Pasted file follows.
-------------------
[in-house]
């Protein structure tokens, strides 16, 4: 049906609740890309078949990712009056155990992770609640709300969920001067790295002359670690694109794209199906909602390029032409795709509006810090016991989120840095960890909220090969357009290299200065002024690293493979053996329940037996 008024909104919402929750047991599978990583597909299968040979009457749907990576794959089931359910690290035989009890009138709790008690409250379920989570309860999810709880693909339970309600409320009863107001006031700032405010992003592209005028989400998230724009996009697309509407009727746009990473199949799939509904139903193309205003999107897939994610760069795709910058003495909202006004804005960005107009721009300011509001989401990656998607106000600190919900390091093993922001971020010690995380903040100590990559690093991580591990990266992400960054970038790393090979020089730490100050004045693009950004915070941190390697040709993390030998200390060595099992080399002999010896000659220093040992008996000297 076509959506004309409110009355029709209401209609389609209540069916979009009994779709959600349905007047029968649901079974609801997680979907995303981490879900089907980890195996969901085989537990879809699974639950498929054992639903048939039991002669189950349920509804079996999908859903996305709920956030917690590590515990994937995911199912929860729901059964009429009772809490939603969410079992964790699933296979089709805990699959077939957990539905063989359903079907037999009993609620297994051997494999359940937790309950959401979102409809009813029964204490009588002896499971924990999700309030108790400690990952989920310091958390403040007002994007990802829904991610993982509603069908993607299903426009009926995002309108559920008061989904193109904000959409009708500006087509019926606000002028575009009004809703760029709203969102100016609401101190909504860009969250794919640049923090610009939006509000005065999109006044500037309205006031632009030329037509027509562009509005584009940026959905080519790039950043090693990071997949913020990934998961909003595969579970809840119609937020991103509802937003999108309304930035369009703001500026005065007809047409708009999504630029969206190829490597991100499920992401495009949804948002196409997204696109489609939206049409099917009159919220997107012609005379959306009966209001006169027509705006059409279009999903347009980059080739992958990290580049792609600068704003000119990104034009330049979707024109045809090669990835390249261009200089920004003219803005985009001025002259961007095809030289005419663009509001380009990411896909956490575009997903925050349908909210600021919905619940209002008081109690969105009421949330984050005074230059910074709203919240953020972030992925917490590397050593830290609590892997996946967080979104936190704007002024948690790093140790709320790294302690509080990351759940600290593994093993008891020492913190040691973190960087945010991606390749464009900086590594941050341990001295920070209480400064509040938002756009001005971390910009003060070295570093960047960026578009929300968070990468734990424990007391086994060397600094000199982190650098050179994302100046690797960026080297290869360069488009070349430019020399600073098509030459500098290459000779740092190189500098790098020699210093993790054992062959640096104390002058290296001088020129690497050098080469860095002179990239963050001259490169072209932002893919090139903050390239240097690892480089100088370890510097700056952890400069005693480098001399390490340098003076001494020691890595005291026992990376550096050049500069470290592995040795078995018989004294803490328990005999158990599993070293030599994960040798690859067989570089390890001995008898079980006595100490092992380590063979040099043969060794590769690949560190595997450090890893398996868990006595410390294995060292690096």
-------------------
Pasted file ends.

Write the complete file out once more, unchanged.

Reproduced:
[in-house]
């Protein structure tokens, strides 16, 4: 049906609740890309078949990712009056155990992770609640709300969920001067790295002359670690694109794209199906909602390029032409795709509006810090016991989120840095960890909220090969357009290299200065002024690293493979053996329940037996 008024909104919402929750047991599978990583597909299968040979009457749907990576794959089931359910690290035989009890009138709790008690409250379920989570309860999810709880693909339970309600409320009863107001006031700032405010992003592209005028989400998230724009996009697309509407009727746009990473199949799939509904139903193309205003999107897939994610760069795709910058003495909202006004804005960005107009721009300011509001989401990656998607106000600190919900390091093993922001971020010690995380903040100590990559690093991580591990990266992400960054970038790393090979020089730490100050004045693009950004915070941190390697040709993390030998200390060595099992080399002999010896000659220093040992008996000297 076509959506004309409110009355029709209401209609389609209540069916979009009994779709959600349905007047029968649901079974609801997680979907995303981490879900089907980890195996969901085989537990879809699974639950498929054992639903048939039991002669189950349920509804079996999908859903996305709920956030917690590590515990994937995911199912929860729901059964009429009772809490939603969410079992964790699933296979089709805990699959077939957990539905063989359903079907037999009993609620297994051997494999359940937790309950959401979102409809009813029964204490009588002896499971924990999700309030108790400690990952989920310091958390403040007002994007990802829904991610993982509603069908993607299903426009009926995002309108559920008061989904193109904000959409009708500006087509019926606000002028575009009004809703760029709203969102100016609401101190909504860009969250794919640049923090610009939006509000005065999109006044500037309205006031632009030329037509027509562009509005584009940026959905080519790039950043090693990071997949913020990934998961909003595969579970809840119609937020991103509802937003999108309304930035369009703001500026005065007809047409708009999504630029969206190829490597991100499920992401495009949804948002196409997204696109489609939206049409099917009159919220997107012609005379959306009966209001006169027509705006059409279009999903347009980059080739992958990290580049792609600068704003000119990104034009330049979707024109045809090669990835390249261009200089920004003219803005985009001025002259961007095809030289005419663009509001380009990411896909956490575009997903925050349908909210600021919905619940209002008081109690969105009421949330984050005074230059910074709203919240953020972030992925917490590397050593830290609590892997996946967080979104936190704007002024948690790093140790709320790294302690509080990351759940600290593994093993008891020492913190040691973190960087945010991606390749464009900086590594941050341990001295920070209480400064509040938002756009001005971390910009003060070295570093960047960026578009929300968070990468734990424990007391086994060397600094000199982190650098050179994302100046690797960026080297290869360069488009070349430019020399600073098509030459500098290459000779740092190189500098790098020699210093993790054992062959640096104390002058290296001088020129690497050098080469860095002179990239963050001259490169072209932002893919090139903050390239240097690892480089100088370890510097700056952890400069005693480098001399390490340098003076001494020691890595005291026992990376550096050049500069470290592995040795078995018989004294803490328990005999158990599993070293030599994960040798690859067989570089390890001995008898079980006595100490092992380590063979040099043969060794590769690949560190595997450090890893398996868990006595410390294995060292690096």